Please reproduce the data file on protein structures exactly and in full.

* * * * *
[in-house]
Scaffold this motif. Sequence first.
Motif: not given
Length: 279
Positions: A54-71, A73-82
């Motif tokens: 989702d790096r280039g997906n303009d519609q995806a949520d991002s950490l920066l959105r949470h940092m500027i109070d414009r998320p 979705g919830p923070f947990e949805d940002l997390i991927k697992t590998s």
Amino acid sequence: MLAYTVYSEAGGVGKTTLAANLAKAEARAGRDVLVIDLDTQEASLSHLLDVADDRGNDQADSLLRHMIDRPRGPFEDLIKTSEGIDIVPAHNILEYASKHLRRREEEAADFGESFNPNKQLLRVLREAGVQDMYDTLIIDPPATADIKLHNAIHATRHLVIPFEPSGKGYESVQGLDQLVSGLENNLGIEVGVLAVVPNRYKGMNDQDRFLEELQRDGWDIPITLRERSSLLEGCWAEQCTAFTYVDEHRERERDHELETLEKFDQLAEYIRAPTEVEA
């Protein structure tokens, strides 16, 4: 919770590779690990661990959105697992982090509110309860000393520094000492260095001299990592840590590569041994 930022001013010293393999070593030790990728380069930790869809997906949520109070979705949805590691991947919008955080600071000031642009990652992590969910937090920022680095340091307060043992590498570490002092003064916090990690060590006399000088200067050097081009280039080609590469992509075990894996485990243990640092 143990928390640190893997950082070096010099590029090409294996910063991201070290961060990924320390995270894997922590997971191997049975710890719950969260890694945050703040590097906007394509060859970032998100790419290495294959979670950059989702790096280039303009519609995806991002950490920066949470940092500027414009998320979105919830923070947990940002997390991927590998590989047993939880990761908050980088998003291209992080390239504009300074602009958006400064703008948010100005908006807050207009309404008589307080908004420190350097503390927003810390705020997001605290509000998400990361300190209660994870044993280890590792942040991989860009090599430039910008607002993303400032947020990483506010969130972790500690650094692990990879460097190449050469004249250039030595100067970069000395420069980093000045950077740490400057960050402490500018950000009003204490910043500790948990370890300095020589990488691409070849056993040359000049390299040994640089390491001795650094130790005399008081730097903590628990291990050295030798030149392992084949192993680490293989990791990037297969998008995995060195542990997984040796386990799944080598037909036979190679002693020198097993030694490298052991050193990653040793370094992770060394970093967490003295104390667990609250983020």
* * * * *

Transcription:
[in-house]
Scaffold this motif. Sequence first.
Motif: not given
Length: 279
Positions: A54-71, A73-82
């Motif tokens: 989702d790096r280039g997906n303009d519609q995806a949520d991002s950490l920066l959105r949470h940092m500027i109070d414009r998320p 979705g919830p923070f947990e949805d940002l997390i991927k697992t590998s």
Amino acid sequence: MLAYTVYSEAGGVGKTTLAANLAKAEARAGRDVLVIDLDTQEASLSHLLDVADDRGNDQADSLLRHMIDRPRGPFEDLIKTSEGIDIVPAHNILEYASKHLRRREEEAADFGESFNPNKQLLRVLREAGVQDMYDTLIIDPPATADIKLHNAIHATRHLVIPFEPSGKGYESVQGLDQLVSGLENNLGIEVGVLAVVPNRYKGMNDQDRFLEELQRDGWDIPITLRERSSLLEGCWAEQCTAFTYVDEHRERERDHELETLEKFDQLAEYIRAPTEVEA
């Protein structure tokens, strides 16, 4: 919770590779690990661990959105697992982090509110309860000393520094000492260095001299990592840590590569041994 930022001013010293393999070593030790990728380069930790869809997906949520109070979705949805590691991947919008955080600071000031642009990652992590969910937090920022680095340091307060043992590498570490002092003064916090990690060590006399000088200067050097081009280039080609590469992509075990894996485990243990640092 143990928390640190893997950082070096010099590029090409294996910063991201070290961060990924320390995270894997922590997971191997049975710890719950969260890694945050703040590097906007394509060859970032998100790419290495294959979670950059989702790096280039303009519609995806991002950490920066949470940092500027414009998320979105919830923070947990940002997390991927590998590989047993939880990761908050980088998003291209992080390239504009300074602009958006400064703008948010100005908006807050207009309404008589307080908004420190350097503390927003810390705020997001605290509000998400990361300190209660994870044993280890590792942040991989860009090599430039910008607002993303400032947020990483506010969130972790500690650094692990990879460097190449050469004249250039030595100067970069000395420069980093000045950077740490400057960050402490500018950000009003204490910043500790948990370890300095020589990488691409070849056993040359000049390299040994640089390491001795650094130790005399008081730097903590628990291990050295030798030149392992084949192993680490293989990791990037297969998008995995060195542990997984040796386990799944080598037909036979190679002693020198097993030694490298052991050193990653040793370094992770060394970093967490003295104390667990609250983020």